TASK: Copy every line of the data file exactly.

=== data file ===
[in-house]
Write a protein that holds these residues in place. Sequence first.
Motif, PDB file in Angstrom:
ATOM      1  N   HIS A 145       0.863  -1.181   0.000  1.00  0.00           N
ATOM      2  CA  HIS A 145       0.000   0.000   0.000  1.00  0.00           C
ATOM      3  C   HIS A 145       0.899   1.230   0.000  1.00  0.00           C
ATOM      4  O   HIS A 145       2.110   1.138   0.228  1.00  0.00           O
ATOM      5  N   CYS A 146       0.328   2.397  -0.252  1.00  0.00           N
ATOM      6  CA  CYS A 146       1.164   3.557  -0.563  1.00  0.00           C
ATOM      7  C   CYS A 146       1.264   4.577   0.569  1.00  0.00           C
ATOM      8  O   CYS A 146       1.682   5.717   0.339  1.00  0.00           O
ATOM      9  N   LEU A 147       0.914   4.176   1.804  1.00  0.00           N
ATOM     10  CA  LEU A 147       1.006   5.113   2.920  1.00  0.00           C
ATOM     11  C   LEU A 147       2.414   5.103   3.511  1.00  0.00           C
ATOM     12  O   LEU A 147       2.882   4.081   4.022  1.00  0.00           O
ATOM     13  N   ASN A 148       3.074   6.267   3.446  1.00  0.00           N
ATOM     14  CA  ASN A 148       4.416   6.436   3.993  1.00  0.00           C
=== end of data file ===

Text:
[in-house]
Write a protein that holds these residues in place. Sequence first.
Motif, PDB file in Angstrom:
ATOM      1  N   HIS A 145       0.863  -1.181   0.000  1.00  0.00           N
ATOM      2  CA  HIS A 145       0.000   0.000   0.000  1.00  0.00           C
ATOM      3  C   HIS A 145       0.899   1.230   0.000  1.00  0.00           C
ATOM      4  O   HIS A 145       2.110   1.138   0.228  1.00  0.00           O
ATOM      5  N   CYS A 146       0.328   2.397  -0.252  1.00  0.00           N
ATOM      6  CA  CYS A 146       1.164   3.557  -0.563  1.00  0.00           C
ATOM      7  C   CYS A 146       1.264   4.577   0.569  1.00  0.00           C
ATOM      8  O   CYS A 146       1.682   5.717   0.339  1.00  0.00           O
ATOM      9  N   LEU A 147       0.914   4.176   1.804  1.00  0.00           N
ATOM     10  CA  LEU A 147       1.006   5.113   2.920  1.00  0.00           C
ATOM     11  C   LEU A 147       2.414   5.103   3.511  1.00  0.00           C
ATOM     12  O   LEU A 147       2.882   4.081   4.022  1.00  0.00           O
ATOM     13  N   ASN A 148       3.074   6.267   3.446  1.00  0.00           N
ATOM     14  CA  ASN A 148       4.416   6.436   3.993  1.00  0.00           C